Hardin et al. (2007) analyzed the framing methods used by regional and national newspapers between 2002 and 2005 when covering the Title IX law, which guarantees young women access to scholastic sporting opportunities. Title IX was seen as controversial in the sense that requirements of the law would divert money away from “revenue” sports (such as football) as a means to support newly enacted women’s athletics. Content analysis of the articles collected and examined during this time frame found that although most stories avoided negative framing devices, stories about the Title IX Commission during 2002 and 2003 more often used negative framing that could perpetuate misunderstanding about the law. Additionally, it was found that the paper size, placement of stories, and reporter gender were significant contributing factors that affected the way stories framed and sourced Title IX coverage.

A study conducted by Bishop (2001) examined the controversy that takes place during the juncture of the construction of a new professional sports stadium. Particularly examined in this research is the key role that print journalists play in these cities where controversy occurs. In this study, the researcher identifies four stages of social drama, as covered by news media: breach, crisis, redressive action, and reintegration. Breach is identified as what comes of decisions made by team owners and government officials who don’t want to see the team franchise move elsewhere; crisis is identified as the result of negative reactions toward plans for the construction of a new stadium. Redressive action sees team/governmental officials and new alliances (built on cooperation between former opponents) attempting, and often failing, to utilize public means to resolve the crisis. The finding of this study suggests that journalists are ultimately the agents of reintegration: these individuals transition from criticizing the decision to erect new stadiums, to endorsing the projects. What this means is that journalists hold power in terms of swaying public decision in regards to this subject matter.

Gill (2011) analyzed the Rutgers Women’s basketball and Don Imus controversy that occurred in 2007, which raised issues of both a racial and sexist nature after radio show host Imus made derogatory remarks about the predominantly African American athletic team. This study analyzed print newspapers, Internet articles, and news magazines, due to the observation that these media can help structure social relations and serve as a foundation of societal ideology. It was found within the collected articles that white privilege, new racism, sexism, and their intersection were the main elements covered in the news media collected.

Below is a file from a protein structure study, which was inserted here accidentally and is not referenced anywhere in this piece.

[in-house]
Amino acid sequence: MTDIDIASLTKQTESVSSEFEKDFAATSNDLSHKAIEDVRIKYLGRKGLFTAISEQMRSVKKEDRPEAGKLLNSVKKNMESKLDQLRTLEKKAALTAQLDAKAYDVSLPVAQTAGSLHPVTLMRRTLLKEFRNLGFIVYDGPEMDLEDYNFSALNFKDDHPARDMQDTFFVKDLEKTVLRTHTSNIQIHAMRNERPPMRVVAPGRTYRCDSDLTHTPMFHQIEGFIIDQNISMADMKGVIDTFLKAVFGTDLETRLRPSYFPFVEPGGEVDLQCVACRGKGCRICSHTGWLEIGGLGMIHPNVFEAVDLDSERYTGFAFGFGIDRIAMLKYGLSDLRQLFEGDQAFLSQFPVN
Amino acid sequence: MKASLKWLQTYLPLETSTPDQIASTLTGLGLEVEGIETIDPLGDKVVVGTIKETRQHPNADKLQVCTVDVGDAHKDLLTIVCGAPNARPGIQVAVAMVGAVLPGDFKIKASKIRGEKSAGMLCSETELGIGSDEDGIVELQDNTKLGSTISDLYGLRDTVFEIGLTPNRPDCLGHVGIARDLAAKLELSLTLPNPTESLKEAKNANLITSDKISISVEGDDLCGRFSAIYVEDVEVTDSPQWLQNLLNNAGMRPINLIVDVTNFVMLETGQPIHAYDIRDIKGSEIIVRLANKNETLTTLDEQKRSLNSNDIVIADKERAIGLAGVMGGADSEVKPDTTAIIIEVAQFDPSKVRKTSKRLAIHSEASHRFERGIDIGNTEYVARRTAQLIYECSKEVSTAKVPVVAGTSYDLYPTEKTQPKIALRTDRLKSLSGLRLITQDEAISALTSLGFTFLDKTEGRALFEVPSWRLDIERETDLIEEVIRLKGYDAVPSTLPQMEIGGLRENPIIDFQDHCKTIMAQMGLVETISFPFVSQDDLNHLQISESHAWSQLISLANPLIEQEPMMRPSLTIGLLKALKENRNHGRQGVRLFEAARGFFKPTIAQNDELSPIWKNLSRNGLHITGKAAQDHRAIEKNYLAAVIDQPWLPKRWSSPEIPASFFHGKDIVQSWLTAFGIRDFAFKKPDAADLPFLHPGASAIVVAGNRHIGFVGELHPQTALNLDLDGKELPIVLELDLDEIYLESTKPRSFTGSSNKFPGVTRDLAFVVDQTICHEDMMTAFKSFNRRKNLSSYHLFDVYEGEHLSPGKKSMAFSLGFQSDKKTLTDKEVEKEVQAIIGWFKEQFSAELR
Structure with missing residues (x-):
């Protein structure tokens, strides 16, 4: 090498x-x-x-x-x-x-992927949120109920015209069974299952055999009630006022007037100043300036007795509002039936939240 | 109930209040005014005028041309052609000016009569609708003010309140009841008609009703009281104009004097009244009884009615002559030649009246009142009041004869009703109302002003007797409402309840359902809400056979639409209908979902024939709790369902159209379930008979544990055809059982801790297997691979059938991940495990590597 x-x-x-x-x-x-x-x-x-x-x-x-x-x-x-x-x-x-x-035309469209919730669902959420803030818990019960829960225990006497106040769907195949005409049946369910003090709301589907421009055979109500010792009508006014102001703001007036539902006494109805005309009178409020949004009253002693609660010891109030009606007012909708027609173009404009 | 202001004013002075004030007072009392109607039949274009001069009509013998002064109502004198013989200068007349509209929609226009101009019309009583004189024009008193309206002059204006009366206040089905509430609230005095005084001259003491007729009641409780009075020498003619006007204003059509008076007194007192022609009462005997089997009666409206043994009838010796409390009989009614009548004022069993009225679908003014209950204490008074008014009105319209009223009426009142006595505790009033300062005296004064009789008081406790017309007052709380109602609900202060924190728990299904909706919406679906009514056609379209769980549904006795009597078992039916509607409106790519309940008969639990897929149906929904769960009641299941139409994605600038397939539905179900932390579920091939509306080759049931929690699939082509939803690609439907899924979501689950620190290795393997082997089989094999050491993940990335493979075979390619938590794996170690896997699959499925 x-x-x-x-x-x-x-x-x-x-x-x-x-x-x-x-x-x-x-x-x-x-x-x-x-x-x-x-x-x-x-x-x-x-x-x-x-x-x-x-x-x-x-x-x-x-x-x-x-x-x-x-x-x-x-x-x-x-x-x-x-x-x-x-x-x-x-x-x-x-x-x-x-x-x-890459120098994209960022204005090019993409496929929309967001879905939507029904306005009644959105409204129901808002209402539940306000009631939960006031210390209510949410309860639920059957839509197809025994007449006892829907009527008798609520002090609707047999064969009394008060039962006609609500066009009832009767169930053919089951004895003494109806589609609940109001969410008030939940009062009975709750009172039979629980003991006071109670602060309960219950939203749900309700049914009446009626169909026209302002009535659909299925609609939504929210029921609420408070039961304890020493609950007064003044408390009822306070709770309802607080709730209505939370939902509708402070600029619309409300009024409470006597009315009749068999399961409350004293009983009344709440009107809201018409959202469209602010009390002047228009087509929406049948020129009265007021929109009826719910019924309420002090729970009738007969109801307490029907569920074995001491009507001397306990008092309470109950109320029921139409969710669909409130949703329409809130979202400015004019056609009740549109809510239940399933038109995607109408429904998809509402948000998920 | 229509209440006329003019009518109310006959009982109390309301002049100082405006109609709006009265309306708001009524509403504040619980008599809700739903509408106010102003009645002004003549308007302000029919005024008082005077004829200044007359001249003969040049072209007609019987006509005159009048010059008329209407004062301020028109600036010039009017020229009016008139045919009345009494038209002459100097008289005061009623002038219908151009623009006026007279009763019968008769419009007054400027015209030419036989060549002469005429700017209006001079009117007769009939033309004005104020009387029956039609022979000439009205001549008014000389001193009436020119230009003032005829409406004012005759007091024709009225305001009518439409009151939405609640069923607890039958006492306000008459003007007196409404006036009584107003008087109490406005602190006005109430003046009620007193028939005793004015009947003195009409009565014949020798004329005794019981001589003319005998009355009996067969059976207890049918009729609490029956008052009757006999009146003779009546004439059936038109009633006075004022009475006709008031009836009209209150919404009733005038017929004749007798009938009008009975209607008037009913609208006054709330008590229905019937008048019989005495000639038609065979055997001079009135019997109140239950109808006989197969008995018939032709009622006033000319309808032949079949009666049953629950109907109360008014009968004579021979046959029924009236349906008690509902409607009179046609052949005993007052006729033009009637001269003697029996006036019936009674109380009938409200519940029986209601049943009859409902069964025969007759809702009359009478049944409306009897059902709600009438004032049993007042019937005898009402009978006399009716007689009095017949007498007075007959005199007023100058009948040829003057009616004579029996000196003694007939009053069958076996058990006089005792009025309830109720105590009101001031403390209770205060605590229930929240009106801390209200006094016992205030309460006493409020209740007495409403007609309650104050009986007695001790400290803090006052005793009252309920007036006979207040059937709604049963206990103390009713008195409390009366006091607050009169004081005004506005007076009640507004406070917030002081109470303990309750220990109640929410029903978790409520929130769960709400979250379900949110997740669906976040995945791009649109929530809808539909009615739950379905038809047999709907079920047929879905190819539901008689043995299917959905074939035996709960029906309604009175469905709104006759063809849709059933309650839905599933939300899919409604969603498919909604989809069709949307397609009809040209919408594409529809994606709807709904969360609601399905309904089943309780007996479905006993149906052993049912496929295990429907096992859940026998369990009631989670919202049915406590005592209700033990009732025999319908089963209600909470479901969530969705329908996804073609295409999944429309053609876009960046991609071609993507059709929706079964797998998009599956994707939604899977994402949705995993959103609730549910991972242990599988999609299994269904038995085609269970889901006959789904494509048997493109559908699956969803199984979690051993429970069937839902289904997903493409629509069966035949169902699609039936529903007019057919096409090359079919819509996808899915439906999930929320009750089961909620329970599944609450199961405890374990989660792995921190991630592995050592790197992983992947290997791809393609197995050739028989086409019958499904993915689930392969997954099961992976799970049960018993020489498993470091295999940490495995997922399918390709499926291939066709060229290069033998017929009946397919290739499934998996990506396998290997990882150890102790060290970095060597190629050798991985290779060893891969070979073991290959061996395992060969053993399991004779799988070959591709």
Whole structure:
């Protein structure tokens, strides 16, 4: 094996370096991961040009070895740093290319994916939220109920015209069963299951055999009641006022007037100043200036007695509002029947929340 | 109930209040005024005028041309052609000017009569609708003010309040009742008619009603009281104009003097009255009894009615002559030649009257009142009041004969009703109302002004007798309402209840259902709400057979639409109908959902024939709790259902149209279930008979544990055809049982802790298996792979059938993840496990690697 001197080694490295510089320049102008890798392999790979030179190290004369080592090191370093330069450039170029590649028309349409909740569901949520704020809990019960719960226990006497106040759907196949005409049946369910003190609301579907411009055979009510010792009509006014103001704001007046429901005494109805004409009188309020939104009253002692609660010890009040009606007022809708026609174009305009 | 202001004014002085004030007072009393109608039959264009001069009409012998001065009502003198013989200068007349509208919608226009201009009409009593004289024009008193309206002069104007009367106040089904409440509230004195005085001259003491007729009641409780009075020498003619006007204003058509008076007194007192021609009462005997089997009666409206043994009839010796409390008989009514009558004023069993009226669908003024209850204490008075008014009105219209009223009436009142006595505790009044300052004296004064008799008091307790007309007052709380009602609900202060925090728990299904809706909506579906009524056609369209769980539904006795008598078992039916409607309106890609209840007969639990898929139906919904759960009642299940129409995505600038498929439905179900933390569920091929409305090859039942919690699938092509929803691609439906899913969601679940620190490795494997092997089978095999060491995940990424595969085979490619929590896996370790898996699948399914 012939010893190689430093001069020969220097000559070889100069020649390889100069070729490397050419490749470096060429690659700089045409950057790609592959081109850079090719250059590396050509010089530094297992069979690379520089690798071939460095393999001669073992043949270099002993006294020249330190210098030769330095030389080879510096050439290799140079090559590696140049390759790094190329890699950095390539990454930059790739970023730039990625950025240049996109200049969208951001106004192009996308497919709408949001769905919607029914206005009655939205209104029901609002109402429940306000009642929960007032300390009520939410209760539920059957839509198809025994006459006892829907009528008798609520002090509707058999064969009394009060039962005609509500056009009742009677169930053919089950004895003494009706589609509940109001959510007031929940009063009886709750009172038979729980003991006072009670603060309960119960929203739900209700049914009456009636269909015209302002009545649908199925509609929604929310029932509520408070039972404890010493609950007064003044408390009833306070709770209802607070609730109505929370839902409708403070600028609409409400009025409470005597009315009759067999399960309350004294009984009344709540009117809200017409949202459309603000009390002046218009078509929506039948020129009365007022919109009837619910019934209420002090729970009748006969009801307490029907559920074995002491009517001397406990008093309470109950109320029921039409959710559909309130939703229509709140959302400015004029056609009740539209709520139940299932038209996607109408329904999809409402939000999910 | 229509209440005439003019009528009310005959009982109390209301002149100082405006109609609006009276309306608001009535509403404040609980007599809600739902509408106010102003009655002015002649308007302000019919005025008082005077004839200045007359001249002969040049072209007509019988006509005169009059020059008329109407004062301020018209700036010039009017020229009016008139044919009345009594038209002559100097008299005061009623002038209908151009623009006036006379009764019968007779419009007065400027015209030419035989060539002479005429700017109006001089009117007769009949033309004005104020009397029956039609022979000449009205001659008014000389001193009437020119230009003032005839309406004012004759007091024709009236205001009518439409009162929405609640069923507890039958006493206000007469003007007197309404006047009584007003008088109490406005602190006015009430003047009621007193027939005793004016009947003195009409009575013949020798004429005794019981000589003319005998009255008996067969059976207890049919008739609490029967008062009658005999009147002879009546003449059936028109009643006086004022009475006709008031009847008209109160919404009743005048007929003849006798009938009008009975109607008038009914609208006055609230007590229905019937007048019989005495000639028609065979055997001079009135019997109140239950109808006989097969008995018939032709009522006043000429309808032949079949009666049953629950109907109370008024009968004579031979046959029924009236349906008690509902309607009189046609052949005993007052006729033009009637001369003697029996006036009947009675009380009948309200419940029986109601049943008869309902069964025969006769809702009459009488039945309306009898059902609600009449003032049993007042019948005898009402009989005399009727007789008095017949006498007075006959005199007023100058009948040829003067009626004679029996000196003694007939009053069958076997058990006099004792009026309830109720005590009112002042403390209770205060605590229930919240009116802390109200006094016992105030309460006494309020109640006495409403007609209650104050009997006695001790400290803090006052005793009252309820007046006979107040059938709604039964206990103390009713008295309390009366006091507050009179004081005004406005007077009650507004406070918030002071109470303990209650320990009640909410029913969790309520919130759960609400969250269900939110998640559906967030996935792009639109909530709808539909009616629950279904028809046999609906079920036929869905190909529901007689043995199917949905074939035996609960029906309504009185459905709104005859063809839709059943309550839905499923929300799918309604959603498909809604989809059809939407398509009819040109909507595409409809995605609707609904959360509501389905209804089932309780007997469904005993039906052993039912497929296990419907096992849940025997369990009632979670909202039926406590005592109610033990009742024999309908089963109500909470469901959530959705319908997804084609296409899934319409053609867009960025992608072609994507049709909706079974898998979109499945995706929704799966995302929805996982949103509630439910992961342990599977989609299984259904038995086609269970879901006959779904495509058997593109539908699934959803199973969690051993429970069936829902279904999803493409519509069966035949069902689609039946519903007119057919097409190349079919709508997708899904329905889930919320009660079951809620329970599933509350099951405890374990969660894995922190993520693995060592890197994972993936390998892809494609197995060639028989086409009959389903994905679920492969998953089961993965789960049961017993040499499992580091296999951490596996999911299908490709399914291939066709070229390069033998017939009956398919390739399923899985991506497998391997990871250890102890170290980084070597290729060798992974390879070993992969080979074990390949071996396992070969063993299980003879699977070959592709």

Research conducted by Walsh & McAllister-Spooner (2011) analyzed the image repair strategies utilized by Olympic swimmer Michael Phelps, his sponsors, and the connected organizations after an image of the swimmer allegedly smoking from a marijuana pipe was publicized. As a means of evaluating Phelps’ repair campaign, media coverage of the controversy was reviewed and analyzed. It was found that the main areas of focus used by news media concerning this crisis focused on two main topics: 1) poor judgment due to the athlete’s young age; and 2) the matter being seen as a trivial mistake, often when compared to athletes taking performance-enhancing drugs. Overall, it was found that media coverage allowed the athlete lenience in his transgressions. Consequently, the repair campaign was seen as a success (Brown, 2012).

Winters (2015) scrutinized athlete Adrian Peterson’s attempt to repair his image regarding child abuse allegations after he whipped his son with a switch. To analyze the incident, Winters conducted qualitative content analysis through the media after Peterson was on the receiving end of an immense backlash for his wrongdoing, especially with regard the police reports and media statements that he made during the time span of the incident. As a result, regarding the police reports, he found that Peterson utilized two main image repair strategies: evasion of responsibility and the reduction of offensiveness. He claimed that he did nothing wrong but had good intentions in disciplining his son the way he was raised. However, he employed mortification, reducing offensiveness, evasion of responsibility, and corrective action in the media statements. He did not testify whether the way he disciplined his child was inappropriate until he met a psychologist and after that he recognized that he needed to take corrective action in order to develop or correct the way he disciplines his child.